‘Future of coffee’ arrives with release of Seattle’s Atomo, a first-of-its-kind molecular cold brew

An 8-ounce can of Atomo Coffee from Seattle. (GeekWire Photo / Kurt Schlosser)

The “future of coffee” has arrived — at least for the 1,000 or so people who will get a chance to buy some cold brew from Atomo Coffee, the Seattle-based makers of a more sustainable blend that doesn’t use coffee beans.

Atomo is hosting an e-commerce pop-up sale on its website today, marking the first time that the public can purchase product from the 3-year-old startup.

Atomo has been promising to “hack the coffee bean” since launching with a Kickstarter project back in February 2019. On Monday, co-founder and CEO Andy Kleitsch gave GeekWire a quick, virtual walking tour of the roasting factory the company has been building out for a year, just six blocks from the headquarters of coffee giant Starbucks.

“Looks just like coffee, smells like coffee,” Kleitsch said as he showed off the facility. “Our intellectual property happens in this tank right here.”

Inside the Atomo Coffee roastery on Airport Way South near Seattle’s Georgetown neighborhood. (Atomo Photo)

Atomo has been perfecting and scaling the reverse engineering of the coffee bean, removing it from the process of making coffee and substituting it with a molecular concoction derived from naturally sustainable, upcycled plant waste ingredients which were previously kept secret.

But the ingredients are now printed on the side of the cans it will start shipping to customers and read like so: “Brewed Atomo Coffee (water, extracts of date seed, chicory root, grape skin) inulin, natural flavors, caffeine.”

The 8-ounce cans of “molecular cold brew” will come in two flavors — Classic and Ultra Smooth — and deliver 84 mg of caffeine like any normal cup. Both have a distinct coffee taste, but the Ultra Smooth removes a bit of the usual bitterness.

“Think of non-coffee drinkers drinking coffee,” said Jarret Stopforth, Atomo’s co-founder and chief scientist. “We’d give them Ultra Smooth. Wouldn’t have to add sugar or cream, just drink it. It’s perceived as sweeter because the bitterness and the acidity are gone, even though there’s no sweeteners at all.”

Stopforth said the formula will evolve as Atomo explores ingredients that increase the ability to produce at volume.

Atomo’s brew is vegan and gluten free and boasts its sustainability credentials on the side of the can — 94% less water and 93% less carbon emissions than conventional coffee, and 98% upcycled ingredients. The startup’s origin and mission has been rooted in finding a way to replicate the taste of coffee without replicating the environmentally destructive process of coffee farming.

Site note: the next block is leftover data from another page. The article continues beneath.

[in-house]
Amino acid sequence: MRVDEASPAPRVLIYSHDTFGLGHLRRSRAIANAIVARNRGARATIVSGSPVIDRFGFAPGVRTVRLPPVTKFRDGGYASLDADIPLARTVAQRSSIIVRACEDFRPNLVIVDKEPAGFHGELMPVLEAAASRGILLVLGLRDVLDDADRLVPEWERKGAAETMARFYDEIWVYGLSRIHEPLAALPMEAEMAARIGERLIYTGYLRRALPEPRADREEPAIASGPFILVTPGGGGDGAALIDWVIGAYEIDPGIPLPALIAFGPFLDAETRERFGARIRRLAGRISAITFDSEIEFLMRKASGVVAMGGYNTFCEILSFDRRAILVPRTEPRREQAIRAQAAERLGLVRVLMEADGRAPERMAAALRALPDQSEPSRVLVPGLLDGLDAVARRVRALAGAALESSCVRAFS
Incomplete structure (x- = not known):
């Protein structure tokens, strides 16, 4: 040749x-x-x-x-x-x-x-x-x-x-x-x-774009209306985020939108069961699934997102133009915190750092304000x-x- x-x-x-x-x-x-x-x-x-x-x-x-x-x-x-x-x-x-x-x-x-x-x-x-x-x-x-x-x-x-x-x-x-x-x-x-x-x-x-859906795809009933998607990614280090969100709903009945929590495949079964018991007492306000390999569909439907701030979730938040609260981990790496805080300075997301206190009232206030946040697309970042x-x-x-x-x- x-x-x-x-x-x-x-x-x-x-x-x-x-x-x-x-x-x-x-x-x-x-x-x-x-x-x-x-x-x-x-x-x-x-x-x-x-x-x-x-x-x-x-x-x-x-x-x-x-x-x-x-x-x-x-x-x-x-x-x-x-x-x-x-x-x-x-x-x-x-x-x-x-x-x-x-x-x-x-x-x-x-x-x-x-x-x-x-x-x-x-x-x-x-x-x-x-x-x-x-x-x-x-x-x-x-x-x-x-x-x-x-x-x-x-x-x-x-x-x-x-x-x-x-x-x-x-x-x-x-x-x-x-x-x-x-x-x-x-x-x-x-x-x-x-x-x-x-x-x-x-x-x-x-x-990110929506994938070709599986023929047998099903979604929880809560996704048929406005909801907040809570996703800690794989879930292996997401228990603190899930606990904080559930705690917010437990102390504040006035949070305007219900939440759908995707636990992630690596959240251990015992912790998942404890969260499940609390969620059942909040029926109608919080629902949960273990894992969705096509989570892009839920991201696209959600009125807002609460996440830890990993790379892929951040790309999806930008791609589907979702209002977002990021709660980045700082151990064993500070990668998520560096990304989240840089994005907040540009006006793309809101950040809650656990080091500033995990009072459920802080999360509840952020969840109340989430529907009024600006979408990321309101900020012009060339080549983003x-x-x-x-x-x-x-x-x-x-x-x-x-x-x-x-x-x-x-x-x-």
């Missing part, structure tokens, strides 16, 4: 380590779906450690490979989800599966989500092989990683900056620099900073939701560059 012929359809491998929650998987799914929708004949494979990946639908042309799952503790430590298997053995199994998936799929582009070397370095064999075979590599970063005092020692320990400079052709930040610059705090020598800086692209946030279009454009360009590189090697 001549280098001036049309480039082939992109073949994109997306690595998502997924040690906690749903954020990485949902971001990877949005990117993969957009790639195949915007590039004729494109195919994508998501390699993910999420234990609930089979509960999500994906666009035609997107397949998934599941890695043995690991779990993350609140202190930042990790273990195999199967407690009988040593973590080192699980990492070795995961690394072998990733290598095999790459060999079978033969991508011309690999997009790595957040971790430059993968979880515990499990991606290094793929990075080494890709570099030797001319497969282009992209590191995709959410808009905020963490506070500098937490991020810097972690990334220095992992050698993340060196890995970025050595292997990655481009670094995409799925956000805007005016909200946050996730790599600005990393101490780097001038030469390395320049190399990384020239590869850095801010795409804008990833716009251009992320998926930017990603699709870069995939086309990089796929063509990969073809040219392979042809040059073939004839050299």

Fans who have been following the brand and waiting for a day like today are passionate about both the sustainability aspect and the desire to find and try unique new coffees.

“We really hope everyone who’s been waiting for this has a chance to buy it, but we’ll probably run out before everyone has a chance,” Kleitsch said.

Atomo co-founders Andy Kleitsch, left, and Jarret Stopforth. (Atomo Photo)

It’s been a lot of work to get to this point. The 12,000-square-foot roastery was an empty shell of a building a year ago.

“A large part of our last year has been taking what we built in our laboratory and scaling it to work in a production environment,” Kleitsch said. “It’s just a lot of effort to build a factory during a pandemic and then it was a lot of effort to scale the formula so that it would work here and then to perfect it.”

Launching a brand and building an e-commerce platform was also a process. Today, Atomo will be selling 8,000 cans to 1,000 customers who can grab two 4-packs each. The cans are $5.99 each, which comes out to about $60 all told with shipping.

The company can only make 1,000 servings a day right now, so very select releases will be plan for the rest of the year, with another online pop-up in November or December. Atomo has some strategic partners in the works, which it calls sustainability partners, because those companies have goals around reducing their carbon footprint and changing corporate campus coffee to Atomo could be a way to do that.

Retail channels and a subscription service could come next year. Some partners have even asked about possible small Atomo cafes.

“We don’t really run coffee shops, that’s not really our business,” Kleitsch said.

Atomo has raised $11.5 million to date and employs 25 people now. Kleitsch said the conviction around why they started the company has only intensified over the three years, as he cites constant reports about how coffee is in trouble.

“It’s really a necessity for the planet to find an alternative way to satisfy the demand for coffee and something that’s more sustainable,” Kleitsch said. “It is crazy to think that we started this journey three years ago in a garage, and here we are with a factory, actually producing coffee and getting it into the hands of consumers.”

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Startups Atomo Coffee E-commerce Food and beverage Retail